Summary: Message on the Mary and Martha encounter with Jesus. Jesus identifies the one essential thing.
Most everyone wants to be prepared for what lies ahead. If someone were to ask you what you need for the coming year, how would you answer?
More money? More time? New friends? A vacation? A new job? A job? More education?
More quality time with the family? A new house? Better health? Change of hair color? A new car? You get the idea.
All of us have some kind of idea or perception as to what might make the coming year more productive, happier, just plain better. The problem is, today’s culture doesn’t have a clue how to discern what is important and what isn’t. Since God created each of us, it would follow that he might have some clue as to what real life involves. We would expect to find some help from the Bible as to man’s basic need. And most certainly the Bible addresses the things that God’s reckons most important in life.
Passage Luke 10:38-42
I.Observe the interaction
Three significant characters grab our attention. Jesus, Martha, Mary
Jesus and his disciples stopped to visit the home of a woman named Martha who had a sister named Mary.
While there, Jesus took the time to teach those gathered in Martha’s home.
Martha assumed the responsibility for any necessary preparations to welcome the guests and provide for their needs while in her home.
Mary chose to sit and listen along with the others to the words of Jesus.
The passage tells us that Mary heard (imperfect) the words of Jesus having situated herself right in front of His feet.
Martha “received” Jesus into her house. Luke used a word meaning “to welcome as a guest into your home.” The Jews took the responsibility of hospitality seriously. You can possibly imagine the mental state of Martha trying to entertain a house full of people. Luke used a word meaning “to be pulled or dragged away, become or be distracted, quite busy, overburdened.” In contrast to a focus on the words of Jesus, Martha became distracted from hearing the words of Jesus by what she perceived as a vital and necessary service (diakonia – deacon) to her guests. Focusing on the urgent she missed the important.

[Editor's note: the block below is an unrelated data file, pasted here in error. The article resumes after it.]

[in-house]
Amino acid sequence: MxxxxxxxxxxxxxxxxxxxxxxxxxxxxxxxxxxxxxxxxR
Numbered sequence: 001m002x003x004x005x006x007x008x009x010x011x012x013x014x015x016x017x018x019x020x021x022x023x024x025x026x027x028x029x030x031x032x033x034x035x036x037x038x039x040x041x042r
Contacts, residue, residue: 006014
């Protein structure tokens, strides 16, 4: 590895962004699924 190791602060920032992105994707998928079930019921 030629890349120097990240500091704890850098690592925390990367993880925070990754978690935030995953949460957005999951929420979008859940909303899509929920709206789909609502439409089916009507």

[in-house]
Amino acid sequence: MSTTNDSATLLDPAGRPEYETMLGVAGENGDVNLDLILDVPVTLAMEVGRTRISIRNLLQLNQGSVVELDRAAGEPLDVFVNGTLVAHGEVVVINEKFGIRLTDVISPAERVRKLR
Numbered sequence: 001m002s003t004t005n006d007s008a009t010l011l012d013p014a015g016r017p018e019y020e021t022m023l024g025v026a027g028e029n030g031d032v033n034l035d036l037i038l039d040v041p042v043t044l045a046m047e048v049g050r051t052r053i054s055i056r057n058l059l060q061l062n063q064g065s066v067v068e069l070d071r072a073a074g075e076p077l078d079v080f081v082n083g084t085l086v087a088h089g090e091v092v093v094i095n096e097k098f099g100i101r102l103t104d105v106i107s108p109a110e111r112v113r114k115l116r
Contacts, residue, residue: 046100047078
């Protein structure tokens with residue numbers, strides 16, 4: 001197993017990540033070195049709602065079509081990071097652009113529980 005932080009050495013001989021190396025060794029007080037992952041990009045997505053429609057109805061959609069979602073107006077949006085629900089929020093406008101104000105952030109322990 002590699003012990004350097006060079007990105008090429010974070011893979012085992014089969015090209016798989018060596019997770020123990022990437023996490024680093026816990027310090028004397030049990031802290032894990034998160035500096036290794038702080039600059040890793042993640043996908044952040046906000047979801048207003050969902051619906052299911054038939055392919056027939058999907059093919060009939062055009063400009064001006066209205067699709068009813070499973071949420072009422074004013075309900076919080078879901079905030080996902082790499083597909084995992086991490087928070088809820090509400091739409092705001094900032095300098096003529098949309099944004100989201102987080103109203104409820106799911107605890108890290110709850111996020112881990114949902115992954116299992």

Luke used the same verb tense for both ladies. Mary focused on listening. Martha focused on serving.
Which is more important? At this point, many interpreter of this incident opt for the importance of both. Some people focus on serving and other on listening. We logically deduce that there are Marthas and Marys in this world. But is that the intended teaching of this passage? We must be careful to conform our thinking to the clear teaching of Scripture and not impose our culture or own logic on the Scripture. Thinking her choice of priorities to be the proper one, Martha naturally expected that Mary embrace the same priority and tried to manipulate Jesus to instruct Mary to help her with the preparations.
‘Lord, do You not care that my sister has left me to do all the serving alone? Then tell her to help me."
Notice the obvious frustration. “Doesn’t it concern you?” Her choice of words leads me to believe that she was trying to manipulate Jesus. Doesn’t it even concern you that Mary is in here sitting and I am out there working by myself? If you really care about this injustice, tell Mary to take hold of herself to finish this important task together with me.
Jesus responds to Martha’s statement probably in an unexpected way. We would have expected Jesus to reassure Martha that he really cared and redirect Mary to go help her. After all, the woman’s place is in the kitchen anyway, right? (Just kidding!) With distinctive tenderness yet deliberate training, Jesus first addressed Martha’s struggle then presented a basic spiritual principle.
Martha, Martha! Dear Martha! You are continually stressing and worrying (present active) about many things. You are continually troubled and thrown into disorder (present passive) about many things. The word translated bothered is found on only here in the New Testament but a close relative was used to indicate “noise, clamor, uproar, and turmoil or excitement.” Jesus points out how Martha continually stressed and worried over things (active choice) and continually allowed things to put her into disorder, turmoil and distraction (action to her). She demonstrated both internal and external stress that caused her to lose her focus on the important.
Not only did she stress out, but expected others to embrace her priority and obsess over the urgent rather than opt for the important.
II.Focus on the truth so clearly taught by Jesus
Following this gentle exposure of Martha’s fussiness, Jesus calls her to refocus on a most basic principle and commends Mary for choosing to focus on the good. Jesus unmistakably declared that out of all the things in this life that one may chose to purse, only one is truly necessary. It was Mary not Martha who chose the good thing. Just what did Mary chose?